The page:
JERUSALEM — The Fatah party of Palestinian Authority President Mahmoud Abbas held a mass rally in Gaza on Friday to mark the 48th anniversary of its founding, the first such gathering permitted by the rival Islamist Hamas group since it seized control of the territory in a brief civil war in 2007.
The rally was another sign of thawing relations between the factions since November, when Israel launched a military offensive to halt rocket fire from Gaza and Abbas won limited recognition of Palestinian statehood at the United Nations. Those actions have spurred new moves to carry out a stalled reconciliation accord signed by the factions in 2011.
Hamas granted permission for the Fatah rally in Gaza after it was allowed to hold two anniversary rallies last month in the West Bank, parts of which are controlled by the Fatah-led Palestinian Authority. Since their split five years ago, each faction had banned public gatherings by its rival.
The rift has divided Palestinians politically and geographically, dealing a heavy blow to their hopes for an independent state in the West Bank and Gaza Strip.
On Friday tens of thousands of people, many waving yellow Fatah banners, gathered in Saraya Square in Gaza City in what witnesses described as a carnival atmosphere.
The jostling crowd surged onto a stage, where Fatah leaders, including senior figures from the West Bank, were assembled, witnesses said. The ensuing chaos forced organizers to cut the gathering short after Abbas gave a video address from his headquarters in Ramallah.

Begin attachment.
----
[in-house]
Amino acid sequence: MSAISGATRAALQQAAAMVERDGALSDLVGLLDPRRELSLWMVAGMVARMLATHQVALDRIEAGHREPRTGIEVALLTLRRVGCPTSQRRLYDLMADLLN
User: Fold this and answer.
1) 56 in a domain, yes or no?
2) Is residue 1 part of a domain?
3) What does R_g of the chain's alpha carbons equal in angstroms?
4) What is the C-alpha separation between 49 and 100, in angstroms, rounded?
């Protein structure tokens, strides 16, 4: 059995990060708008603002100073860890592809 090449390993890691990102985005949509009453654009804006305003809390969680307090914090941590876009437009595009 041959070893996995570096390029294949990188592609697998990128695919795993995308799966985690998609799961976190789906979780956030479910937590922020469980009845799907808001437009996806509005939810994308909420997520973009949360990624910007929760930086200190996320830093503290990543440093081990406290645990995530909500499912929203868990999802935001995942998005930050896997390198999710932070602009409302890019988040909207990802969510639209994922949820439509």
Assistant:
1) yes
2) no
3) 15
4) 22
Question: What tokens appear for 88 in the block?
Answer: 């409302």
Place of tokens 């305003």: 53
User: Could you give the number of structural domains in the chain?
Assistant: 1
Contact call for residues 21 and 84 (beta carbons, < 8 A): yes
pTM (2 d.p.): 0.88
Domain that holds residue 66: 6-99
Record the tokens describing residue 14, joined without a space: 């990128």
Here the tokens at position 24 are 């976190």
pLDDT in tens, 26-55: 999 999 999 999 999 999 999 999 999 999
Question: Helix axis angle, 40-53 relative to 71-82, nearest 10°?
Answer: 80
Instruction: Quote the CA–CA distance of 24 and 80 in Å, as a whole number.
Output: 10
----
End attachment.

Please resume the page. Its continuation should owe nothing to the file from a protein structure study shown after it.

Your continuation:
Abbas told the crowd that "soon we will regain our unity," which he called "a step on the way to ending the (Israeli) occupation."
Nabil Shaath, a senior Fatah official who had arrived from the West Bank, said the party had received a congratulatory message from Ismail Haniyeh, the Hamas prime minister in Gaza, expressing hope that the two factions could resolve their differences.
An Egyptian official said Cairo was planning to invite the two factions for talks within two weeks, Reuters reported.
Yet for all of the conciliatory rhetoric, daunting obstacles remain before the power-sharing agreement can be put into place. Moves to set up an interim government have stalled, and the rivals are at odds over policies toward Israel. Hamas refuses to recognize Israel and advocates violence against it, while Fatah supports negotiations with the Israelis to reach a two-state solution to the Palestinian-Israeli conflict.